AbbVie wins US trial in lawsuit over AndroGel's risks
A federal jury in Chicago found AbbVie Inc not liable in a lawsuit by an Arizona man who claimed he had suffered a pulmonary embolism due to using the company's testosterone replacement medication AndroGel.
The verdict in the lawsuit by Robert Nolte was the third to date in federal court in litigation over AndroGel, a drug approved for men whose bodies produce low or no testosterone that has become the subject of lawsuits by thousands of people.
"Our trial team did an excellent job with a very complicated case," Christopher Seeger, a lawyer for the plaintiffs in the federal litigation, said on Friday. "We look forward to the next trial and holding AbbVie accountable for putting profits before safety."
AbbVie says it faces 4,510 cases nationally over injuries blamed on AndroGel. The verdict came in one of a series of test trials in federal litigation over AndroGel aimed at helping both sides gauge the range of damages and define settlement options.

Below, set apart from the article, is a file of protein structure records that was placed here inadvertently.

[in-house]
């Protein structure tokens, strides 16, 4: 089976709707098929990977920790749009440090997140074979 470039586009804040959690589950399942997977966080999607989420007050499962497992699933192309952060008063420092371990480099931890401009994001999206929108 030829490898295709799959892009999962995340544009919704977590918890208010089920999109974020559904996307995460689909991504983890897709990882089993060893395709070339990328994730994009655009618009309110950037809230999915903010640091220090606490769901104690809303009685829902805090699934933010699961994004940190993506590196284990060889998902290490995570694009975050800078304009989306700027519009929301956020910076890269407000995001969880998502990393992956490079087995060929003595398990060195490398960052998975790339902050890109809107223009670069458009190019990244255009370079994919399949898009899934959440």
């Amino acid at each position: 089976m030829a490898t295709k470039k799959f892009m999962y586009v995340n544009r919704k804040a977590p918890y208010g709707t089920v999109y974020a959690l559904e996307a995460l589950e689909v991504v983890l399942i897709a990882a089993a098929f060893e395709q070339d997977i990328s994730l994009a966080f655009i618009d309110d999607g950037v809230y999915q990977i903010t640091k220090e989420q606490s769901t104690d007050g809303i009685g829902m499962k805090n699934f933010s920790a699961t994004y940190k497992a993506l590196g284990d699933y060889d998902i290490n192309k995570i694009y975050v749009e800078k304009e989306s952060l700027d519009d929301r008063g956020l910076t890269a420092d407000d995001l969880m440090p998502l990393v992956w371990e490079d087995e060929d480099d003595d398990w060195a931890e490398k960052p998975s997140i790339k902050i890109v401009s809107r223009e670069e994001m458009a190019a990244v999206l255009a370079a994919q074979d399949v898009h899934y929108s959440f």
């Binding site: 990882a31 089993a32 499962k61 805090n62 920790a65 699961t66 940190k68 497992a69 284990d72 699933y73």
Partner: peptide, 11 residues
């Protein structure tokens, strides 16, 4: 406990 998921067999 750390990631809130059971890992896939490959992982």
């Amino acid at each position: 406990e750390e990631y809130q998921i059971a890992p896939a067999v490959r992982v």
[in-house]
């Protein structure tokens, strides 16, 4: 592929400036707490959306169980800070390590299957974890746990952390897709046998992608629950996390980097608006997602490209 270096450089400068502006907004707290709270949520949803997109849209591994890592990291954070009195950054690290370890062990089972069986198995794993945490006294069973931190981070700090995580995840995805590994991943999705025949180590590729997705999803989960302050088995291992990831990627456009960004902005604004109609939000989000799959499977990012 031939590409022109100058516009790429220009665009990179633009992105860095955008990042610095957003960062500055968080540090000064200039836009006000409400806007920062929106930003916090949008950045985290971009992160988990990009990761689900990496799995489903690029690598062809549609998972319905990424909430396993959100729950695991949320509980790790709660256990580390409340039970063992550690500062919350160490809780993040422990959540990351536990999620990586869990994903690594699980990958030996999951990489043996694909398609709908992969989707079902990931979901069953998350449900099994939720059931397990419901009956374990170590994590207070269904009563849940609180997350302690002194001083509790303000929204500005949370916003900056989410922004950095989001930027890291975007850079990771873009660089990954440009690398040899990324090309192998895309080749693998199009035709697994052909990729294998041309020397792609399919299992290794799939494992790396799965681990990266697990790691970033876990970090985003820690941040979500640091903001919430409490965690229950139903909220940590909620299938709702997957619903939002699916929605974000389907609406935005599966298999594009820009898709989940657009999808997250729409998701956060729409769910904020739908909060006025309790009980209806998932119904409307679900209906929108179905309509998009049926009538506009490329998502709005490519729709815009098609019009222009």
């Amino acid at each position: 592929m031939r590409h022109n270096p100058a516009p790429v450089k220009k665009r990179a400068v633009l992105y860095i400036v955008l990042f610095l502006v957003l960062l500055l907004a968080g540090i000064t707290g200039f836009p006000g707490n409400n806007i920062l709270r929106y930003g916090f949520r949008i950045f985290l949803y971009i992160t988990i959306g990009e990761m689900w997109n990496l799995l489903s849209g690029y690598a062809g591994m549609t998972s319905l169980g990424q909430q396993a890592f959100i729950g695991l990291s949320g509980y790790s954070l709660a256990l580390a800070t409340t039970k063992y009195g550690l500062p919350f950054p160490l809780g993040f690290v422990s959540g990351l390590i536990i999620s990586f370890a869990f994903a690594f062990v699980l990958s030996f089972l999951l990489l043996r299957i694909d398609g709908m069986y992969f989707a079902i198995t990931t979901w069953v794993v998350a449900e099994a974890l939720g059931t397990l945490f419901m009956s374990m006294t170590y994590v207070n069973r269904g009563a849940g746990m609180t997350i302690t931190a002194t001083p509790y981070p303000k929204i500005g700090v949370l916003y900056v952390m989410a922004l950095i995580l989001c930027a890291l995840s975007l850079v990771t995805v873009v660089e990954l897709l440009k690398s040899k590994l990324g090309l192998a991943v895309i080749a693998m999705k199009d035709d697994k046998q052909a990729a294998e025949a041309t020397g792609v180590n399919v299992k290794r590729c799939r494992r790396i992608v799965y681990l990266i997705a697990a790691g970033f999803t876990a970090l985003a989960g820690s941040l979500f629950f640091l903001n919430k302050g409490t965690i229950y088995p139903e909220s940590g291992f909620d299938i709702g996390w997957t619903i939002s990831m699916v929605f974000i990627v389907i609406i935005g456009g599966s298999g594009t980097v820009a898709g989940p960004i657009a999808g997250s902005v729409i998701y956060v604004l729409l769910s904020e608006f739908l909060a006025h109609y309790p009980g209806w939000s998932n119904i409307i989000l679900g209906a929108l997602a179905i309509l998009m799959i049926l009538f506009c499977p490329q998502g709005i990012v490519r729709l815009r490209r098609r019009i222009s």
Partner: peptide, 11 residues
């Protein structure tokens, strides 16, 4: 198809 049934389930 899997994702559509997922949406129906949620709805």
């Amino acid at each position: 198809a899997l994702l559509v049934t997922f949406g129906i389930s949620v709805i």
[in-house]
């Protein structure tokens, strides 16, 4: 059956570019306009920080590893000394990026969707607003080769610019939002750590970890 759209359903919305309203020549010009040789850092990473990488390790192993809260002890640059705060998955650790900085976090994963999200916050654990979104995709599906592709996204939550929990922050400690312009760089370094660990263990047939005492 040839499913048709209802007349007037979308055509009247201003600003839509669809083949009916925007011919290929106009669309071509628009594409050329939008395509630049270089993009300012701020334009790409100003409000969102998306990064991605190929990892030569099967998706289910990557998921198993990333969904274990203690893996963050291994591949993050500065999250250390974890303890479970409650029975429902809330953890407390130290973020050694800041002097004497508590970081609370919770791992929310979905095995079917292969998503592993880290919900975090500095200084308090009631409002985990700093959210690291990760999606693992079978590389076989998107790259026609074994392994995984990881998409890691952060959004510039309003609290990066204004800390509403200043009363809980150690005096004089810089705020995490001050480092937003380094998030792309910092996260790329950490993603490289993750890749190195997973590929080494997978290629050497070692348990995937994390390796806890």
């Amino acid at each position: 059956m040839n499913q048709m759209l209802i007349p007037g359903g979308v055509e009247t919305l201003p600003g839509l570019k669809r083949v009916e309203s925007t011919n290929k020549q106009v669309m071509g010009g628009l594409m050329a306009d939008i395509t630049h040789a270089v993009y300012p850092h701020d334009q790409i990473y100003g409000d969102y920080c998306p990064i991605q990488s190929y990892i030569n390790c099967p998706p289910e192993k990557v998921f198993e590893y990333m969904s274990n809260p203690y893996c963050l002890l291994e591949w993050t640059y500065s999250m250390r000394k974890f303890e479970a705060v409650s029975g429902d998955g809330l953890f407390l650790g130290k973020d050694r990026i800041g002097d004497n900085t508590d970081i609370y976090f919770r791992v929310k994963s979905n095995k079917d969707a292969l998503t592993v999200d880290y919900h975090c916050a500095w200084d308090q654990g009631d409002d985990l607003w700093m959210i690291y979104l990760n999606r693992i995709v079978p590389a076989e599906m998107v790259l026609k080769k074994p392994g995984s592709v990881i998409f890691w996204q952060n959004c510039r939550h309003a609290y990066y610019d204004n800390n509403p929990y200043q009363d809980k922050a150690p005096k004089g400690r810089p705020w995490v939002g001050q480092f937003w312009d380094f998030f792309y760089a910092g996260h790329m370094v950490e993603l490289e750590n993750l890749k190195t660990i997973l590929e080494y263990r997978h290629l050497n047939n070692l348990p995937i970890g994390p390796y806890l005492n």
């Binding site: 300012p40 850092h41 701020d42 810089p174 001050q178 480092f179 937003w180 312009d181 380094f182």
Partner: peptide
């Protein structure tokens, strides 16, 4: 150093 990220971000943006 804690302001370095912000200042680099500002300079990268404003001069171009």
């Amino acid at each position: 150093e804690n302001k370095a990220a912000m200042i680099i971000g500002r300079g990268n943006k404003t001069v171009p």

A federal jury in July awarded an Oregon man $150 million in punitive damages but awarded him no compensatory damages. A federal judge in December tossed the award and ordered a new trial.
A second jury in October ordered AbbVie to pay $140 million in punitive damages and $140,000 in compensatory damages in the case of a Tennessee man who claimed the drug caused him to suffer a heart attack. AbbVie is challenging that verdict.
The latest trial stemmed from a lawsuit filed in 2014 by Nolte, who suffered an embolism two months after he began using AndroGel, which he was prescribed for the off-label use of treating a drop in testosterone levels, according to court papers.
Nolte said AbbVie fraudulently misrepresented the drug's risk and misled patients by marketing AndroGel on television for off-label use.
AbbVie has said that it's marketing of AndroGel adhered strictly to uses approved by the U.S. Food and Drug Administration and that it was in full compliance with applicable standards.
(Reporting by Nate Raymond in Boston; Additional reporting by Tina Bellon in New York; Editing by Leslie Adler)
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